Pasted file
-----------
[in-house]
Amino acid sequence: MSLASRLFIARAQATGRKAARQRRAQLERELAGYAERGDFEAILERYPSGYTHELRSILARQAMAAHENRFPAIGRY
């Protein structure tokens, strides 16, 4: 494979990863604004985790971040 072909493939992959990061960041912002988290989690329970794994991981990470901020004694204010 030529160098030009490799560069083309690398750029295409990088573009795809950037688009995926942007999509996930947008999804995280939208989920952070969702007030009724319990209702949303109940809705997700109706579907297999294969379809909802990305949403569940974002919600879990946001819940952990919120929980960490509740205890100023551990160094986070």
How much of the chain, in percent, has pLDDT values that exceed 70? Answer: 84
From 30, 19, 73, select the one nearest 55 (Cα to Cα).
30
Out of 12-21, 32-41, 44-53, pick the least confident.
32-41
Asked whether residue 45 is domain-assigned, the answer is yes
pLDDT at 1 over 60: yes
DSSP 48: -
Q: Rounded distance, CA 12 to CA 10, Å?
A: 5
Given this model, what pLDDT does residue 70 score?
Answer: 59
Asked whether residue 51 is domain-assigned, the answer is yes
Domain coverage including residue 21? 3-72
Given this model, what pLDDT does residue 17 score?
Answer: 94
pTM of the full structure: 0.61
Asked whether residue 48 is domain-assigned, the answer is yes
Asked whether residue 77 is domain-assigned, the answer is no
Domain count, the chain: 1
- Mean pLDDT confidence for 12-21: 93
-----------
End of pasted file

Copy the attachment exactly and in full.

[in-house]
Amino acid sequence: MSLASRLFIARAQATGRKAARQRRAQLERELAGYAERGDFEAILERYPSGYTHELRSILARQAMAAHENRFPAIGRY
């Protein structure tokens, strides 16, 4: 494979990863604004985790971040 072909493939992959990061960041912002988290989690329970794994991981990470901020004694204010 030529160098030009490799560069083309690398750029295409990088573009795809950037688009995926942007999509996930947008999804995280939208989920952070969702007030009724319990209702949303109940809705997700109706579907297999294969379809909802990305949403569940974002919600879990946001819940952990919120929980960490509740205890100023551990160094986070």
How much of the chain, in percent, has pLDDT values that exceed 70? Answer: 84
From 30, 19, 73, select the one nearest 55 (Cα to Cα).
30
Out of 12-21, 32-41, 44-53, pick the least confident.
32-41
Asked whether residue 45 is domain-assigned, the answer is yes
pLDDT at 1 over 60: yes
DSSP 48: -
Q: Rounded distance, CA 12 to CA 10, Å?
A: 5
Given this model, what pLDDT does residue 70 score?
Answer: 59
Asked whether residue 51 is domain-assigned, the answer is yes
Domain coverage including residue 21? 3-72
Given this model, what pLDDT does residue 17 score?
Answer: 94
pTM of the full structure: 0.61
Asked whether residue 48 is domain-assigned, the answer is yes
Asked whether residue 77 is domain-assigned, the answer is no
Domain count, the chain: 1
- Mean pLDDT confidence for 12-21: 93